Sudden cardiac death of teen reminds physicians of promises, challenges of precision medicine

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Sudden cardiac death of teen reminds physicians of promises, challenges of precision medicine

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October 31, 2016, ROCHESTER, Minn. — The sudden death of a 13-year-old boy resulted in more than 20 relatives to be incorrectly diagnosed as having a potentially lethal heart rhythm condition. This erroneous diagnosis occurred as a result of inappropriate use of genetic testing and incorrect interpretation of genetic test results, according to Mayo Clinic research published in Mayo Clinic Proceedings.

This case highlights the potential danger of genetic testing when it is used incorrectly and the great need to not only use this powerful tool carefully and wisely but to scrutinize the results with great caution, says senior author Michael J. Ackerman, M.D., Ph.D., genetic cardiologist and director of Mayo Clinic’s Windland Smith Rice Sudden Death Genomics Laboratory. “While the technological advances in genetic sequencing have been exponential, our ability to interpret the results has not kept pace,” he says.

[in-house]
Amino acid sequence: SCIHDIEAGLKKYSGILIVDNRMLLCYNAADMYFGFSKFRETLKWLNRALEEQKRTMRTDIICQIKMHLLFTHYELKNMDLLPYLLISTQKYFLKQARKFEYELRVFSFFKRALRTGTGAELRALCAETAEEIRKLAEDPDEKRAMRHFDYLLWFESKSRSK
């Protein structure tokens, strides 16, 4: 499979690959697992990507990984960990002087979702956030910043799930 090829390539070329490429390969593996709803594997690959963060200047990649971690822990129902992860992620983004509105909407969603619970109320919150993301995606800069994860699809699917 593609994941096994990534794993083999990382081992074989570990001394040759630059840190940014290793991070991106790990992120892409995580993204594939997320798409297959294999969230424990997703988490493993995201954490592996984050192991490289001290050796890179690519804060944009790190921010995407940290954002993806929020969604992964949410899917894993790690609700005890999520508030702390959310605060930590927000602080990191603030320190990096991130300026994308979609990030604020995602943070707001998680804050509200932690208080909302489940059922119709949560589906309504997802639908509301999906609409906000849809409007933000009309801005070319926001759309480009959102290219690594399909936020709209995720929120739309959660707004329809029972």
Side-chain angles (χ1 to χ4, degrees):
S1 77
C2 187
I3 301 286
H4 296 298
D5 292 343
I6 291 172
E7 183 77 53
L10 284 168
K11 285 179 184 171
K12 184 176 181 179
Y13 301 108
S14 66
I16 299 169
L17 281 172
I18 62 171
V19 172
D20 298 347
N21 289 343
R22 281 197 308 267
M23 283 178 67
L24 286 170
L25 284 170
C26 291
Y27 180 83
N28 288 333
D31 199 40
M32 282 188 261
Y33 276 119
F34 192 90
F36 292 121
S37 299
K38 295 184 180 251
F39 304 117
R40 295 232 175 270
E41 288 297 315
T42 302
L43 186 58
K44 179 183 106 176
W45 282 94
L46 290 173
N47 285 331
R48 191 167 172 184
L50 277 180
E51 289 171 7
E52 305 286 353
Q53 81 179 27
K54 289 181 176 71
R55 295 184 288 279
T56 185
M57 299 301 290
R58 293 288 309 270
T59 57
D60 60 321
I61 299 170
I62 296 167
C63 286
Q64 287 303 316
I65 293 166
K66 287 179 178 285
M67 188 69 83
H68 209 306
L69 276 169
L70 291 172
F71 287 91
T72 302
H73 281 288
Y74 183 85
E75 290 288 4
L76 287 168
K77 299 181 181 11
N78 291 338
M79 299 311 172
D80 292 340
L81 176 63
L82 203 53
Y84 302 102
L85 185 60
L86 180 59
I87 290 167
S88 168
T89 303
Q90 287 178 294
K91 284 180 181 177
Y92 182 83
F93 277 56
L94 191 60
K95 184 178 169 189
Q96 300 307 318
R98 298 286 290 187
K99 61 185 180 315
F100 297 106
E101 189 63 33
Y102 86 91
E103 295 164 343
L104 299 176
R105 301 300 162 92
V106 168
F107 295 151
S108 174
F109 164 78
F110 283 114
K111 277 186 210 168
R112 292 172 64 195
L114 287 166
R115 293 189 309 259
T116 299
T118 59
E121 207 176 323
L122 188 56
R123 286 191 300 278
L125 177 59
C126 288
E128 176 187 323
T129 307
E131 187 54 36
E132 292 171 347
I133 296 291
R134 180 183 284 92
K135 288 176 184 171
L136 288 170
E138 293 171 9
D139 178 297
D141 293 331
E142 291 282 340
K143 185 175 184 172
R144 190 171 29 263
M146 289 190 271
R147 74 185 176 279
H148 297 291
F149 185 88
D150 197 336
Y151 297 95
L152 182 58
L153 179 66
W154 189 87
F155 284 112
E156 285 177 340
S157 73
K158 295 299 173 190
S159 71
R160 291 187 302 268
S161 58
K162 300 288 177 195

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Following the boy’s death, family members were diagnosed with long QT syndrome, an inherited heart rhythm condition that potentially can cause fast and chaotic heartbeats. In some cases, it can cause sudden cardiac death. People can be born with a genetic mutation that puts them at risk of long QT syndrome. As a result, the boy’s brother prophylactically received an implantable cardioverter defibrillator, which can stop a potentially fatal arrhythmia. Specific genetic testing was performed throughout the father’s side of the family, leading to the eventual, but incorrect, diagnosis of long QT syndrome in more than 20 family members, Dr. Ackerman says.

The family then traveled to Mayo Clinic for a second opinion. During the course of their initial clinical evaluations, Dr. Ackerman became skeptical quickly of their previous diagnosis. Over the years, 40 percent of the patients who came to Mayo Clinic with the diagnosis of long QT syndrome left without the diagnosis, with the vast majority reclassified as normal.

“This family’s case appeared to be another case of mistaken identity with wrong conclusions being rendered to the data ascertained, especially the genetic test results,” he says. “In fact, none of the relatives who sought a second opinion at Mayo Clinic had personal symptoms of long QT syndrome, and none exhibited any electrocardiographic evidence of long QT syndrome at rest or with treadmill stress testing.” Since receiving the implantable cardioverter-defibrillator, the boy’s brother has had two inappropriate shocks delivered.
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